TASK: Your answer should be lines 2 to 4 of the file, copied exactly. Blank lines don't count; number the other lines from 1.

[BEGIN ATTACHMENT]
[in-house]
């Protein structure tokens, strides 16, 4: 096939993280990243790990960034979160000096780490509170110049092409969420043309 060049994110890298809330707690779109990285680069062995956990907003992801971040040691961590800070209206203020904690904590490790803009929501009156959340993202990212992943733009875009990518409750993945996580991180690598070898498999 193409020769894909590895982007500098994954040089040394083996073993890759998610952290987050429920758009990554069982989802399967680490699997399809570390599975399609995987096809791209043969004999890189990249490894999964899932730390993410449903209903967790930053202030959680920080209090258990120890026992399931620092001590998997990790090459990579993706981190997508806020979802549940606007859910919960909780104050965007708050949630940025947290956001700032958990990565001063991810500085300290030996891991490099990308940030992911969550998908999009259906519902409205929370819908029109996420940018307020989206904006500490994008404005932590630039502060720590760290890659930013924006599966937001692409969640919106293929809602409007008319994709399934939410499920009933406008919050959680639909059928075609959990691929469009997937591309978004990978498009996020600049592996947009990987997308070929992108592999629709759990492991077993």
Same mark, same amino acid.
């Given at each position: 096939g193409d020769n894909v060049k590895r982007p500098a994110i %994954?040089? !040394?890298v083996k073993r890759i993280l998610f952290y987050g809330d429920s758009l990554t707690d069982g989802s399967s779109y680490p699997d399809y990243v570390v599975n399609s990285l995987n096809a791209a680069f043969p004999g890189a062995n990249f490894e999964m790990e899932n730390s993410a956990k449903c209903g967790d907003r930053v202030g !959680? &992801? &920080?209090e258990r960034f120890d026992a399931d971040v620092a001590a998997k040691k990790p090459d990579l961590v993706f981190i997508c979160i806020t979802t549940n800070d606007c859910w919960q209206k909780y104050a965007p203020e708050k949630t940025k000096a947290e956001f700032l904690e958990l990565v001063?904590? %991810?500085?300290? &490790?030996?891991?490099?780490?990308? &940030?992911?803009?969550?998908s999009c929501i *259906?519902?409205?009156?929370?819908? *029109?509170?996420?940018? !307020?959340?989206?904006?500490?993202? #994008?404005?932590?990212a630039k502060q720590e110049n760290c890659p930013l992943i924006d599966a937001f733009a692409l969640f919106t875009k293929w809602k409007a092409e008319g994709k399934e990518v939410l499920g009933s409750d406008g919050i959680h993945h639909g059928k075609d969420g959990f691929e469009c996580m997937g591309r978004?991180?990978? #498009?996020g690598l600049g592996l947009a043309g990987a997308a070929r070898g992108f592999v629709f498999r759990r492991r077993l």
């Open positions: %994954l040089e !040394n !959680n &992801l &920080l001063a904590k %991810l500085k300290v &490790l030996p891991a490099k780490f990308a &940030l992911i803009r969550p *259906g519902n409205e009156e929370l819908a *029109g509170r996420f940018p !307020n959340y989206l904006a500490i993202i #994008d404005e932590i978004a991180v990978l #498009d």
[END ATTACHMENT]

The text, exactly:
């Protein structure tokens, strides 16, 4: 096939993280990243790990960034979160000096780490509170110049092409969420043309 060049994110890298809330707690779109990285680069062995956990907003992801971040040691961590800070209206203020904690904590490790803009929501009156959340993202990212992943733009875009990518409750993945996580991180690598070898498999 193409020769894909590895982007500098994954040089040394083996073993890759998610952290987050429920758009990554069982989802399967680490699997399809570390599975399609995987096809791209043969004999890189990249490894999964899932730390993410449903209903967790930053202030959680920080209090258990120890026992399931620092001590998997990790090459990579993706981190997508806020979802549940606007859910919960909780104050965007708050949630940025947290956001700032958990990565001063991810500085300290030996891991490099990308940030992911969550998908999009259906519902409205929370819908029109996420940018307020989206904006500490994008404005932590630039502060720590760290890659930013924006599966937001692409969640919106293929809602409007008319994709399934939410499920009933406008919050959680639909059928075609959990691929469009997937591309978004990978498009996020600049592996947009990987997308070929992108592999629709759990492991077993």
Same mark, same amino acid.
């Given at each position: 096939g193409d020769n894909v060049k590895r982007p500098a994110i %994954?040089? !040394?890298v083996k073993r890759i993280l998610f952290y987050g809330d429920s758009l990554t707690d069982g989802s399967s779109y680490p699997d399809y990243v570390v599975n399609s990285l995987n096809a791209a680069f043969p004999g890189a062995n990249f490894e999964m790990e899932n730390s993410a956990k449903c209903g967790d907003r930053v202030g !959680? &992801? &920080?209090e258990r960034f120890d026992a399931d971040v620092a001590a998997k040691k990790p090459d990579l961590v993706f981190i997508c979160i806020t979802t549940n800070d606007c859910w919960q209206k909780y104050a965007p203020e708050k949630t940025k000096a947290e956001f700032l904690e958990l990565v001063?904590? %991810?500085?300290? &490790?030996?891991?490099?780490?990308? &940030?992911?803009?969550?998908s999009c929501i *259906?519902?409205?009156?929370?819908? *029109?509170?996420?940018? !307020?959340?989206?904006?500490?993202? #994008?404005?932590?990212a630039k502060q720590e110049n760290c890659p930013l992943i924006d599966a937001f733009a692409l969640f919106t875009k293929w809602k409007a092409e008319g994709k399934e990518v939410l499920g009933s409750d406008g919050i959680h993945h639909g059928k075609d969420g959990f691929e469009c996580m997937g591309r978004?991180?990978? #498009?996020g690598l600049g592996l947009a043309g990987a997308a070929r070898g992108f592999v629709f498999r759990r492991r077993l």